Shepherds and Angels (Revised)
November 13-December 11, 2005
Scripture: Luke 2:1-20, Matthew 1:18-25, Luke 1:26-38
Key Scripture Verse: Luke2: 20 “As the shepherds returned to their sheep, they were praising God and saying wonderful things about him. Everything they had seen and heard was just as the angel had said.” (Contemporary English Version)
Memory Verse: “Do not be afraid; for see - I am bringing you good news of great joy for all the people.” Luke 2:10 (CEV)
Offering: Joy Gift
· God cares equally for all people.
· God communicates with people in different ways.
· We can learn from the shepherds about how to respond to God.
1. Learn that God sent Jesus as a very special example of his love.
2. Understand that shepherds were the first to be told of Jesus’ birth.
3. Recognize that sometimes God’s message is brought by angels.
4. Children will create either an angel or a shepherd figure as a physical reminder of the story.
Welcome and Introductions:
1. Welcome the children and introduce yourself. Wear your name tag. Make sure that everyone is in the right classroom! Children will either already have name tags on, or will get a nametag from their shepherd. Make sure that you know everyone’s name and greet the students individually. Remember you are interacting with a different group of students each week that may not know you.
2. Start the “lesson time” with prayer. Perhaps: Dear Lord, thank you for this season of Advent that allows us time to prepare our hearts and lives for God’s most precious gift to us, Jesus. Amen.
1. The story of Jesus begins with an angel telling Mary, Jesus’ mother, that she will give birth. Mary was a young woman and she did not think that she was good enough to give birth to a child as special as Jesus. Angels are sometimes used by God to carry messages to people. Mary was awake when the angel visited her, but an angel also came to Joseph in a dream. You may remember other lessons where angels came to people – Peter, Daniel, and the women at Jesus’ tomb. There were many others too, and they were first frightened. Each time the angels began by saying, “Don’t be afraid!” These angels came from God and they brought messages of God’s friendship and caring.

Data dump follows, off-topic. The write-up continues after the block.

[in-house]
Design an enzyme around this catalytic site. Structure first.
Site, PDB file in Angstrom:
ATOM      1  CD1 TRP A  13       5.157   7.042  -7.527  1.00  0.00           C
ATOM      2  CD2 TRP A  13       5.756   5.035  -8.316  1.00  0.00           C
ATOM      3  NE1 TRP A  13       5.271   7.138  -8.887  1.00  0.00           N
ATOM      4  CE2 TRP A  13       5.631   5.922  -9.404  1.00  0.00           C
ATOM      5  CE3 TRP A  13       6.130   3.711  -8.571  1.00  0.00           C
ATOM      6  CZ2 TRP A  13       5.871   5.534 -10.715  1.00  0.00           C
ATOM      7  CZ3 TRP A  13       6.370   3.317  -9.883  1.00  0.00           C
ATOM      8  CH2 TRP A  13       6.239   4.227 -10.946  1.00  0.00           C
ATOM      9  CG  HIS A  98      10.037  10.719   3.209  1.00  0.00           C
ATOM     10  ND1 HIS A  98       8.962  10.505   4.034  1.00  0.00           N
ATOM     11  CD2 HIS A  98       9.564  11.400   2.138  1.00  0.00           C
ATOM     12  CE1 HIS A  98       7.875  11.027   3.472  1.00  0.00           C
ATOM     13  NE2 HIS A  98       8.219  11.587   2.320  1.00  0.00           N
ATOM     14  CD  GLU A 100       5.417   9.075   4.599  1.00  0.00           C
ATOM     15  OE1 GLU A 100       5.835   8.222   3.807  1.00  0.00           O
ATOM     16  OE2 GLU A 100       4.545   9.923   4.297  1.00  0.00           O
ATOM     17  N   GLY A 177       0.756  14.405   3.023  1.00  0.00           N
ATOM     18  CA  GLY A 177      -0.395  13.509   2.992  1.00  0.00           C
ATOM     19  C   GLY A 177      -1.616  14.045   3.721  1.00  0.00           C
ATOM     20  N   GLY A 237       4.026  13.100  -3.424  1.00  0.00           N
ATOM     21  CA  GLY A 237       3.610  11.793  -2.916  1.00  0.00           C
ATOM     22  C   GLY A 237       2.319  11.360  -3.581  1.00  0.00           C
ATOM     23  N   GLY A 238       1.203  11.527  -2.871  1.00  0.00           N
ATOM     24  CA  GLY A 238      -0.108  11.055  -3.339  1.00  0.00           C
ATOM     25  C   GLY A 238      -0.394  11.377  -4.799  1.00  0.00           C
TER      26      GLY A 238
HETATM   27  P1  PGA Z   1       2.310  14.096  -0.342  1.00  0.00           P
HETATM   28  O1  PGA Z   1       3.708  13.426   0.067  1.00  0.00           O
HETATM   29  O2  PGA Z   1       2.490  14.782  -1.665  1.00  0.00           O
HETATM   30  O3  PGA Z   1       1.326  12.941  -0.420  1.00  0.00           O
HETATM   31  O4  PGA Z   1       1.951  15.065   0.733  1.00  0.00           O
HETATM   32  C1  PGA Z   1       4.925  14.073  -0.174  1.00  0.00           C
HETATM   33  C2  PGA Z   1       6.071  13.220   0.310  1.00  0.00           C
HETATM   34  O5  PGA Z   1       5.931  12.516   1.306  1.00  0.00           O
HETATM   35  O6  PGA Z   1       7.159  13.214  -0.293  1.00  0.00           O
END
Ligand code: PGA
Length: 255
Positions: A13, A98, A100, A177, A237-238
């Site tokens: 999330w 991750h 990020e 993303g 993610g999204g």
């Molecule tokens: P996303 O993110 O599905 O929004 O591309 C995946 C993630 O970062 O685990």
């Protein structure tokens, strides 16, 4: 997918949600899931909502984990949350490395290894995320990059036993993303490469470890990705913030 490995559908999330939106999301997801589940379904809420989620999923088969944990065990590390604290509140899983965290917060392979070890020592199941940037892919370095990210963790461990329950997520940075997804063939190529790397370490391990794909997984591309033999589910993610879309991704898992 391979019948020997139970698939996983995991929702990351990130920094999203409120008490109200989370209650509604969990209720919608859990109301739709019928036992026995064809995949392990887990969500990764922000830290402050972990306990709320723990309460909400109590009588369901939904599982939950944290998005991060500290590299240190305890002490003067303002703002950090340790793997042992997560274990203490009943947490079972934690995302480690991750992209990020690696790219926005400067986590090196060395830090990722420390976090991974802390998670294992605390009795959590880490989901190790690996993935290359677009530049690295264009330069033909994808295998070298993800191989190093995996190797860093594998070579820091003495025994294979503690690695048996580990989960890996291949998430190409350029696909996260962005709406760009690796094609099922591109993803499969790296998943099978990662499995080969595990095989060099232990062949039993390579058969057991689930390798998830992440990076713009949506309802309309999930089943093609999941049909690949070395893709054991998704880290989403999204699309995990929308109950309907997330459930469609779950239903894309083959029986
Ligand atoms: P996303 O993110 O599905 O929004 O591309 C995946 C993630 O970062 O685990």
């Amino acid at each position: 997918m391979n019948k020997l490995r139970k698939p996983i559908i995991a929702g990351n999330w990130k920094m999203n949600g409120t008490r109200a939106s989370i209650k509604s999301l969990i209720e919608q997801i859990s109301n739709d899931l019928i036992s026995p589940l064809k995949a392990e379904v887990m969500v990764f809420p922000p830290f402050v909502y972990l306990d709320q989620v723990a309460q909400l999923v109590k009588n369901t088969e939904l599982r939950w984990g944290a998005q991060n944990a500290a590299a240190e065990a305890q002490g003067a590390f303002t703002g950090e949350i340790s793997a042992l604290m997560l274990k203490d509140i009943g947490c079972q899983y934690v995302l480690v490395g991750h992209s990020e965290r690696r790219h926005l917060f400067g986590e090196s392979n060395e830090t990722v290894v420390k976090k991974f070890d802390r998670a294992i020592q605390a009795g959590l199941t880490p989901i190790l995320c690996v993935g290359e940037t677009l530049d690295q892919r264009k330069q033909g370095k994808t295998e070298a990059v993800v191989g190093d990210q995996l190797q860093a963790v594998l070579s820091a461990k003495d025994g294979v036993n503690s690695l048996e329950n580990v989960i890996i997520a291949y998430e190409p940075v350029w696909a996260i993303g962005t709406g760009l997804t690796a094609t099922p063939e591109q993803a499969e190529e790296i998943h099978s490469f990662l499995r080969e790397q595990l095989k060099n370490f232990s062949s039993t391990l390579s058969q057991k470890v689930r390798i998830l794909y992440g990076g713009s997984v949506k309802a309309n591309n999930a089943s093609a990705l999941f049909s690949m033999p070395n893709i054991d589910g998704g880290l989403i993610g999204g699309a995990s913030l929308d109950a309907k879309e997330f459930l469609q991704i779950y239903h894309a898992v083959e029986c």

2. In the Christmas story, after Jesus’ birth an angel appeared to shepherds watching their flocks of sheep. Often the job of a shepherd was given to young children or very old people. It was an important job to care for the safety of the animals, but some people who worked in villages thought that shepherds were not as good as themselves. God thought that shepherds were as good as anyone else. Rich or poor, strong or weak, young or old, or anything in between, God loves us all equally. God chose shepherds to be the first to know about Jesus’ birth. The angel told them the good news that “This very day in King David’s hometown a savior was born for you. He is Christ the Lord. You will know who he is, because you will find him wrapped in cloth and lying in a bed of hay.”
3. Suddenly other angels came from heaven,
singing “Praise God in heaven! Peace on
earth to everyone who pleases God.” The
shepherds decided to go to
1. Create! READ the Bible story (1-3 above) with expression.